E.ON ups its gas and electricity prices
E.ON has become the fourth of the 'Big Six' energy providers to announce price rises this summer.
Customers will have to pay 11.4% more for their electricity and 18.1% more for gas when the energy company increases its prices on 13 September.
According to energyhelpline.com, this will cost bill payers an extra £170 a year and relegate 140,000 homes into fuel poverty.
The price hikes follow a 9% increase to electricity costs and 3% gas increase by the provider in February this year.
This summer British Gas, Scottish Power and Scottish & Southern Energy have all announced further bill hikes and although it's not surprising E.ON has followed suit, customers will still be hit hard, says Paul Green, chief executive of energyhelpline.com.
"Even though this price rise was fairly predictable, the scale of it will stun E.ON customers," he says.
"We have been warning this would happen for several months now because of the inflation in wholesale energy prices, but its predictability doesn't make it any easier for those who will be on the receiving end," he adds.
Alongside these price hikes, E.ON has vowed its Age UK energy customers won't see any increases to their bills for another year and its most vulnerable customers on its WarmAssist tariffs won't be affected at all.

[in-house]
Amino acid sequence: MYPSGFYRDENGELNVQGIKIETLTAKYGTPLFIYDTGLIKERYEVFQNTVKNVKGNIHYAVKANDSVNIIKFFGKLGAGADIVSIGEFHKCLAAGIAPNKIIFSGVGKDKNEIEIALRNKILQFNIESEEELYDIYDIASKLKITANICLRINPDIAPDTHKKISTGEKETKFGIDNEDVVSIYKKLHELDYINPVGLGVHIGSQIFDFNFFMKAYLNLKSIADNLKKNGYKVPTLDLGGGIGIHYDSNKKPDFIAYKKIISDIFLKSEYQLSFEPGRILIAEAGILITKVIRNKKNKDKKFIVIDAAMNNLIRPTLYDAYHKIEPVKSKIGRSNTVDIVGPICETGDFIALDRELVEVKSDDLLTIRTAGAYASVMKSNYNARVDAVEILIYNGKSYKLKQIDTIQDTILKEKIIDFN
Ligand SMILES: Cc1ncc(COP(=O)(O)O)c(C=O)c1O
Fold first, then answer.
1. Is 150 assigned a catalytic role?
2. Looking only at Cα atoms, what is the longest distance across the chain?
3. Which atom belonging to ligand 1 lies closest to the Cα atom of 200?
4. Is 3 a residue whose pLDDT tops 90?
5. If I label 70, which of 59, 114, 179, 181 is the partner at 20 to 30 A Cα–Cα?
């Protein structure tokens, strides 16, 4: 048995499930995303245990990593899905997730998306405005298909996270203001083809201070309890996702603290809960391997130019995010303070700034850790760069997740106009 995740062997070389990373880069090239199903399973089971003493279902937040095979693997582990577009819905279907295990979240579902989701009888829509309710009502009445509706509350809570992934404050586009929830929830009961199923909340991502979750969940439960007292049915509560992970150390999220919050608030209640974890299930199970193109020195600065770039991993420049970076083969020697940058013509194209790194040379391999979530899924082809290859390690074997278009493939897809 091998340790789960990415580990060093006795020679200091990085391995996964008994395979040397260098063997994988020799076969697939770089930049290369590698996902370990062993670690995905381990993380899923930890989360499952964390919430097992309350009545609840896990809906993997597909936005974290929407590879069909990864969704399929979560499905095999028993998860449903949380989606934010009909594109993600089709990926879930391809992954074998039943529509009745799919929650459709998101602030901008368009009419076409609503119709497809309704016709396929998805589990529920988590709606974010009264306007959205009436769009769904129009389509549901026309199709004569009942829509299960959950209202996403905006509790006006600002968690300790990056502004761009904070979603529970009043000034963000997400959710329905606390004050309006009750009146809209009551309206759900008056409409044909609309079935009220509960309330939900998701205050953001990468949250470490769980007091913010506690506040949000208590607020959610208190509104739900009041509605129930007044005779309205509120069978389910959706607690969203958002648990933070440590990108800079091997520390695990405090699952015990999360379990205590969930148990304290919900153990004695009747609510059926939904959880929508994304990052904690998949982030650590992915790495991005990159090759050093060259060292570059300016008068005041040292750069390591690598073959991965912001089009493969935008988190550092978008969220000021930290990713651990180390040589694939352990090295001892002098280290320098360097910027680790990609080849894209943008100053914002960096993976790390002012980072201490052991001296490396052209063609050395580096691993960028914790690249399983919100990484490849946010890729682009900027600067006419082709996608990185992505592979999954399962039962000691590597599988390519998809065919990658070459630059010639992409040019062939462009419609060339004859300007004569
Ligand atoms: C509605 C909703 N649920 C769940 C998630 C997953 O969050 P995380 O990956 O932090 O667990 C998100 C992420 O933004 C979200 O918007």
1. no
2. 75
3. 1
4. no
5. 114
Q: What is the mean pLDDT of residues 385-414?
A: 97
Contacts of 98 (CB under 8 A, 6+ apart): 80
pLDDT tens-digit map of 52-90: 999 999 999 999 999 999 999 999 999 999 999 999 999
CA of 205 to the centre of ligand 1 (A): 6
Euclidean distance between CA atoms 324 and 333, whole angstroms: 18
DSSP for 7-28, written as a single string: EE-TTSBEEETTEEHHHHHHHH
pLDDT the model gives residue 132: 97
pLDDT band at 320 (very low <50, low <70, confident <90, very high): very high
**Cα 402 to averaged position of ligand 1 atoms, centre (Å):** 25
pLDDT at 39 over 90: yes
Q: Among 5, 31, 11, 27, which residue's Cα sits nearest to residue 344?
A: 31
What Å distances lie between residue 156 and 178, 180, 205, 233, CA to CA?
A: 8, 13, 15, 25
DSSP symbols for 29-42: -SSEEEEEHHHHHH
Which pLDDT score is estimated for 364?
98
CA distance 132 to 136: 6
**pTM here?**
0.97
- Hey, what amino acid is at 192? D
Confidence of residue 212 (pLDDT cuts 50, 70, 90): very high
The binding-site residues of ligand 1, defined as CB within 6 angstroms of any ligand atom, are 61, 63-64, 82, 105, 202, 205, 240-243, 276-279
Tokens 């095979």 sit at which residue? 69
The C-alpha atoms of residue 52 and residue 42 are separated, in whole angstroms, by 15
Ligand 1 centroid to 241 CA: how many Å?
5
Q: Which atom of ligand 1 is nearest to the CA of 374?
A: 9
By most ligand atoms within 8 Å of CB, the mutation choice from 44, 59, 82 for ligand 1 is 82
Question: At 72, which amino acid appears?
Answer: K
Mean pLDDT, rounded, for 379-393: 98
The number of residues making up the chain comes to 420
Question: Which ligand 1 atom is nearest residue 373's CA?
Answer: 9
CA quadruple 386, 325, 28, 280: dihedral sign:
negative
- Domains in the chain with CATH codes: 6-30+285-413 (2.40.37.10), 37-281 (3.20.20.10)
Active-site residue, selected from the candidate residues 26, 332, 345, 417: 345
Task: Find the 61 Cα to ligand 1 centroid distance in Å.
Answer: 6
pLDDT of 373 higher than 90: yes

E.ON blames the increases on wholesale price volatility, with managing director Graham Bartlett citing events in Japan and Libya "having a dramatic effect on gas and power prices in a relatively short time".
He also refers to the Bank of England's inflation report, which reveals gas prices increased by 20% between February and May.
So what can you do?
Green urges consumers to consider fixing:
"This price rise should serve as a further warning to people about the need to switch to a fixed-price energy deal as soon as possible."
Check out the Moneywise Energy Switcher to see if you could save money on your utility provider
"By going to a price comparison website, you can save £643 over the next three years and have peace of mind that your prices won't go up until 2014."
Three quarters of British households are on unsuitable, standard tariffs, which cost them extra, according to Ovo, an independent energy provider.
"They are paying more than they need to because they are stuck on confusing standard tariffs," says Stephen Fitzpatrick, managing director of Ovo.
He is calling for industry regulator Ofgem to step in on behalf of consumers: "Energy is a necessity - but people do not have to accept these costs. It is time for Ofgem to help consumers fight back by injecting competition to challenge the dominance of the 'Big Six' and put a cap on energy prices."
An increase in the general level of prices that persists over a period of time. The inflation rate is a measure of the average change over a period, usually 12 months. If inflation is up 4%, this means the price of products and services is 4% higher than a year earlier, requiring we spend and extra 4% to buy the same things we bought 12 months ago and that any savings and investments must generate 4% (after any taxes) to keep pace with inflation. Since 2003, the Bank of England has used the consumer prices index (CPI) as its official measure of inflation (see also retail prices index).